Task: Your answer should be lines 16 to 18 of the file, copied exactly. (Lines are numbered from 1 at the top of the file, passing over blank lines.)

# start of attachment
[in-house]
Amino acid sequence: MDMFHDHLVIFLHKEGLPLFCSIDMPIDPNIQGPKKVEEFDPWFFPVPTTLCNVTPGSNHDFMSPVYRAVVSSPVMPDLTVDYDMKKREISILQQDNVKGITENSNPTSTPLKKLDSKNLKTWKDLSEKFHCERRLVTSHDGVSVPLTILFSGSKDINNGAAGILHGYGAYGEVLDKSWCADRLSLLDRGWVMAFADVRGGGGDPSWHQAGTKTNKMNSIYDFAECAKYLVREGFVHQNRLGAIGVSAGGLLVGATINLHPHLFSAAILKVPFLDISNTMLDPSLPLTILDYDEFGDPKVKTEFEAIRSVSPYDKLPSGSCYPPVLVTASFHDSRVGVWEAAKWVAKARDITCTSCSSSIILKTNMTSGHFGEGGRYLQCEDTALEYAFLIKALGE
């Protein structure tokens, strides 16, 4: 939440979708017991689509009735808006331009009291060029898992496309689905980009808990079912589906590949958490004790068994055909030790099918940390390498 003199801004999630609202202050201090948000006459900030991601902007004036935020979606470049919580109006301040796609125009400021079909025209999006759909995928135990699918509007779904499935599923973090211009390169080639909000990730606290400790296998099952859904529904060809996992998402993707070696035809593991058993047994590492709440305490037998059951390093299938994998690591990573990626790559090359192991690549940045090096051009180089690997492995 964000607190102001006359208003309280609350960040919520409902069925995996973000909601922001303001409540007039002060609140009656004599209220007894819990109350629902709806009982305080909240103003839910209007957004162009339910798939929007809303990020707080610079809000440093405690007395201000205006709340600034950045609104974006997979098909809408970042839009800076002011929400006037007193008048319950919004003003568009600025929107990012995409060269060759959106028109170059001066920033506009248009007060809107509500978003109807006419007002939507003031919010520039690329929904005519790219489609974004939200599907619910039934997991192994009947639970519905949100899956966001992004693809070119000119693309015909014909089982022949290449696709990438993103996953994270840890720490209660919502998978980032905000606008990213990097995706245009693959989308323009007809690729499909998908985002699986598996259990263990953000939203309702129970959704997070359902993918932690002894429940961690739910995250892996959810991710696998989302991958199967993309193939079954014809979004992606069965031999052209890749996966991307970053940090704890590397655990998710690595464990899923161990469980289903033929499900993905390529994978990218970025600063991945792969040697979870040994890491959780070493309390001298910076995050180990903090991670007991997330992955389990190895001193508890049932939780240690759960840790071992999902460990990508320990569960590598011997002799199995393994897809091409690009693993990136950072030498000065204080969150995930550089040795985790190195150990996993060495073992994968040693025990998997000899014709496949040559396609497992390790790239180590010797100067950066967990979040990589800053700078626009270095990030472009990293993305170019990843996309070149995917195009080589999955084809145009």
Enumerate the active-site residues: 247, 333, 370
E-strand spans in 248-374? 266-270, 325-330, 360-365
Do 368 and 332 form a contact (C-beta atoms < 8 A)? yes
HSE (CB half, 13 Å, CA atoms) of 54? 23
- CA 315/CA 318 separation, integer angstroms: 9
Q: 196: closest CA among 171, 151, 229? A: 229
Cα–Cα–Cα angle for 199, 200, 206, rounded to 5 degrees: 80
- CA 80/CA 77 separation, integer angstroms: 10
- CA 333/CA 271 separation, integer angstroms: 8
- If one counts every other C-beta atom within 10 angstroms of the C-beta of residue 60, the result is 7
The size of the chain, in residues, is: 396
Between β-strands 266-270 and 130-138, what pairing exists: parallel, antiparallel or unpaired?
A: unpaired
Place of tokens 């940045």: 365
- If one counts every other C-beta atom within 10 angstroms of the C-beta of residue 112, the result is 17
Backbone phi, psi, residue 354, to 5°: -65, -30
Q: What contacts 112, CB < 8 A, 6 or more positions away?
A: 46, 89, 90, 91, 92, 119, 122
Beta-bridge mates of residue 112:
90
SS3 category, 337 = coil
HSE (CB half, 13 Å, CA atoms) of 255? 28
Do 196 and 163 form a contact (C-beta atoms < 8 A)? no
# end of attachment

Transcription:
A: unpaired
Place of tokens 């940045």: 365
- If one counts every other C-beta atom within 10 angstroms of the C-beta of residue 112, the result is 17